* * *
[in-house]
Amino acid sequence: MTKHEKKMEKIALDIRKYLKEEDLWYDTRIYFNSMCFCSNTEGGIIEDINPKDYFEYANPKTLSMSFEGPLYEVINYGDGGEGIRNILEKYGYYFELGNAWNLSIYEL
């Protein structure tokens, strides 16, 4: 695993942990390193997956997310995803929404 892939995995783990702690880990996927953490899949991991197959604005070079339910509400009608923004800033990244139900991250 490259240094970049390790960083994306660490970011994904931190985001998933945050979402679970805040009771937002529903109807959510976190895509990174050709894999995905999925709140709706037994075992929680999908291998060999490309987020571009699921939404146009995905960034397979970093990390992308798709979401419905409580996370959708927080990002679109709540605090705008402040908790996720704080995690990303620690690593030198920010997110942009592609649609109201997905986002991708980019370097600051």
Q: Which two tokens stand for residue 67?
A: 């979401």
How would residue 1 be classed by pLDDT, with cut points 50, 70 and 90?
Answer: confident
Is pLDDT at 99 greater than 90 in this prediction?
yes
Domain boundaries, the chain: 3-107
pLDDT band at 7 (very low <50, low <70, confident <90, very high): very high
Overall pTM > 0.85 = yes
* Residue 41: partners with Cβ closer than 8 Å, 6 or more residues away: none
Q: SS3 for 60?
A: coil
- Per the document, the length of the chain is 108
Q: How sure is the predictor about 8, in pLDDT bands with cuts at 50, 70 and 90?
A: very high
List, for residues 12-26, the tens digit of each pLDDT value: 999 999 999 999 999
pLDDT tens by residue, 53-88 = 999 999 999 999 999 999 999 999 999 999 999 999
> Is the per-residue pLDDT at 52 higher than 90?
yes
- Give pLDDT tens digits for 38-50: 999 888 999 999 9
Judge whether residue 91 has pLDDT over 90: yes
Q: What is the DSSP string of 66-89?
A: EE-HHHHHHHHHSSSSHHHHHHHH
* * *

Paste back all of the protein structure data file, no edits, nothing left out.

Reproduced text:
[in-house]
Amino acid sequence: MTKHEKKMEKIALDIRKYLKEEDLWYDTRIYFNSMCFCSNTEGGIIEDINPKDYFEYANPKTLSMSFEGPLYEVINYGDGGEGIRNILEKYGYYFELGNAWNLSIYEL
């Protein structure tokens, strides 16, 4: 695993942990390193997956997310995803929404 892939995995783990702690880990996927953490899949991991197959604005070079339910509400009608923004800033990244139900991250 490259240094970049390790960083994306660490970011994904931190985001998933945050979402679970805040009771937002529903109807959510976190895509990174050709894999995905999925709140709706037994075992929680999908291998060999490309987020571009699921939404146009995905960034397979970093990390992308798709979401419905409580996370959708927080990002679109709540605090705008402040908790996720704080995690990303620690690593030198920010997110942009592609649609109201997905986002991708980019370097600051």
Q: Which two tokens stand for residue 67?
A: 């979401």
How would residue 1 be classed by pLDDT, with cut points 50, 70 and 90?
Answer: confident
Is pLDDT at 99 greater than 90 in this prediction?
yes
Domain boundaries, the chain: 3-107
pLDDT band at 7 (very low <50, low <70, confident <90, very high): very high
Overall pTM > 0.85 = yes
* Residue 41: partners with Cβ closer than 8 Å, 6 or more residues away: none
Q: SS3 for 60?
A: coil
- Per the document, the length of the chain is 108
Q: How sure is the predictor about 8, in pLDDT bands with cuts at 50, 70 and 90?
A: very high
List, for residues 12-26, the tens digit of each pLDDT value: 999 999 999 999 999
pLDDT tens by residue, 53-88 = 999 999 999 999 999 999 999 999 999 999 999 999
> Is the per-residue pLDDT at 52 higher than 90?
yes
- Give pLDDT tens digits for 38-50: 999 888 999 999 9
Judge whether residue 91 has pLDDT over 90: yes
Q: What is the DSSP string of 66-89?
A: EE-HHHHHHHHHSSSSHHHHHHHH